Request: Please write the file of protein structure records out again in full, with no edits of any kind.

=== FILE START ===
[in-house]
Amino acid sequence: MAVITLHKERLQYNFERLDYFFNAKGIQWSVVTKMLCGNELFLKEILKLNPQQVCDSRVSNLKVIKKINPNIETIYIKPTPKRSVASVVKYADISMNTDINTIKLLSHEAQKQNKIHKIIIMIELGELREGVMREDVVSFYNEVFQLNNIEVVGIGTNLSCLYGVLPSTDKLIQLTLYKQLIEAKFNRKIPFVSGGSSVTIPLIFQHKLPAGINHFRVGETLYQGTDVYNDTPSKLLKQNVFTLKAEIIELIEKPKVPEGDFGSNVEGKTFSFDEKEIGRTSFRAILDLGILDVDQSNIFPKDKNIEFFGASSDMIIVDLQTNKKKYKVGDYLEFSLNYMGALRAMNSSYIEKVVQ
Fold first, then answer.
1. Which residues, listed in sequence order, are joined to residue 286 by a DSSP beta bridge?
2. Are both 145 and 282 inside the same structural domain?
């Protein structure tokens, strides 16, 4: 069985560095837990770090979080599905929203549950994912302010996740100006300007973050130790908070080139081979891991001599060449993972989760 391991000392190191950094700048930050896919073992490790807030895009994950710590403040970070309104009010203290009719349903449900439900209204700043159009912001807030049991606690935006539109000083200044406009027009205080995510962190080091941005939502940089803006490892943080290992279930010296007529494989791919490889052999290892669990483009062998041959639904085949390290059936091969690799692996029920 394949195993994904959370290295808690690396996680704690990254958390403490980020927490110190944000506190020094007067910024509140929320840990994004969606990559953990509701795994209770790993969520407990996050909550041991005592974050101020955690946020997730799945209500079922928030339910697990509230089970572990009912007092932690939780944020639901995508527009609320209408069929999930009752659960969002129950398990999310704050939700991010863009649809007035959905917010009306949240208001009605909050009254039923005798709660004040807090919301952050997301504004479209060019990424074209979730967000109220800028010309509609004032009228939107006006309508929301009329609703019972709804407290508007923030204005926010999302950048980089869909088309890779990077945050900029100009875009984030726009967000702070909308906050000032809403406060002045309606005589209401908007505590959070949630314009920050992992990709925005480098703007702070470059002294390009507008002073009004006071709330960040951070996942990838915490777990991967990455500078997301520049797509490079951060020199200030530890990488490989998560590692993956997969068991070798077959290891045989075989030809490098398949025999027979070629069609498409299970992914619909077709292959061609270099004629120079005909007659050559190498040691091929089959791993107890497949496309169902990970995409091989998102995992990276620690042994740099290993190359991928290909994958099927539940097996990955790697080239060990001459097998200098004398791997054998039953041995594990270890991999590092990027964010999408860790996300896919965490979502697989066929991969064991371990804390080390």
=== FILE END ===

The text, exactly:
[in-house]
Amino acid sequence: MAVITLHKERLQYNFERLDYFFNAKGIQWSVVTKMLCGNELFLKEILKLNPQQVCDSRVSNLKVIKKINPNIETIYIKPTPKRSVASVVKYADISMNTDINTIKLLSHEAQKQNKIHKIIIMIELGELREGVMREDVVSFYNEVFQLNNIEVVGIGTNLSCLYGVLPSTDKLIQLTLYKQLIEAKFNRKIPFVSGGSSVTIPLIFQHKLPAGINHFRVGETLYQGTDVYNDTPSKLLKQNVFTLKAEIIELIEKPKVPEGDFGSNVEGKTFSFDEKEIGRTSFRAILDLGILDVDQSNIFPKDKNIEFFGASSDMIIVDLQTNKKKYKVGDYLEFSLNYMGALRAMNSSYIEKVVQ
Fold first, then answer.
1. Which residues, listed in sequence order, are joined to residue 286 by a DSSP beta bridge?
2. Are both 145 and 282 inside the same structural domain?
């Protein structure tokens, strides 16, 4: 069985560095837990770090979080599905929203549950994912302010996740100006300007973050130790908070080139081979891991001599060449993972989760 391991000392190191950094700048930050896919073992490790807030895009994950710590403040970070309104009010203290009719349903449900439900209204700043159009912001807030049991606690935006539109000083200044406009027009205080995510962190080091941005939502940089803006490892943080290992279930010296007529494989791919490889052999290892669990483009062998041959639904085949390290059936091969690799692996029920 394949195993994904959370290295808690690396996680704690990254958390403490980020927490110190944000506190020094007067910024509140929320840990994004969606990559953990509701795994209770790993969520407990996050909550041991005592974050101020955690946020997730799945209500079922928030339910697990509230089970572990009912007092932690939780944020639901995508527009609320209408069929999930009752659960969002129950398990999310704050939700991010863009649809007035959905917010009306949240208001009605909050009254039923005798709660004040807090919301952050997301504004479209060019990424074209979730967000109220800028010309509609004032009228939107006006309508929301009329609703019972709804407290508007923030204005926010999302950048980089869909088309890779990077945050900029100009875009984030726009967000702070909308906050000032809403406060002045309606005589209401908007505590959070949630314009920050992992990709925005480098703007702070470059002294390009507008002073009004006071709330960040951070996942990838915490777990991967990455500078997301520049797509490079951060020199200030530890990488490989998560590692993956997969068991070798077959290891045989075989030809490098398949025999027979070629069609498409299970992914619909077709292959061609270099004629120079005909007659050559190498040691091929089959791993107890497949496309169902990970995409091989998102995992990276620690042994740099290993190359991928290909994958099927539940097996990955790697080239060990001459097998200098004398791997054998039953041995594990270890991999590092990027964010999408860790996300896919965490979502697989066929991969064991371990804390080390």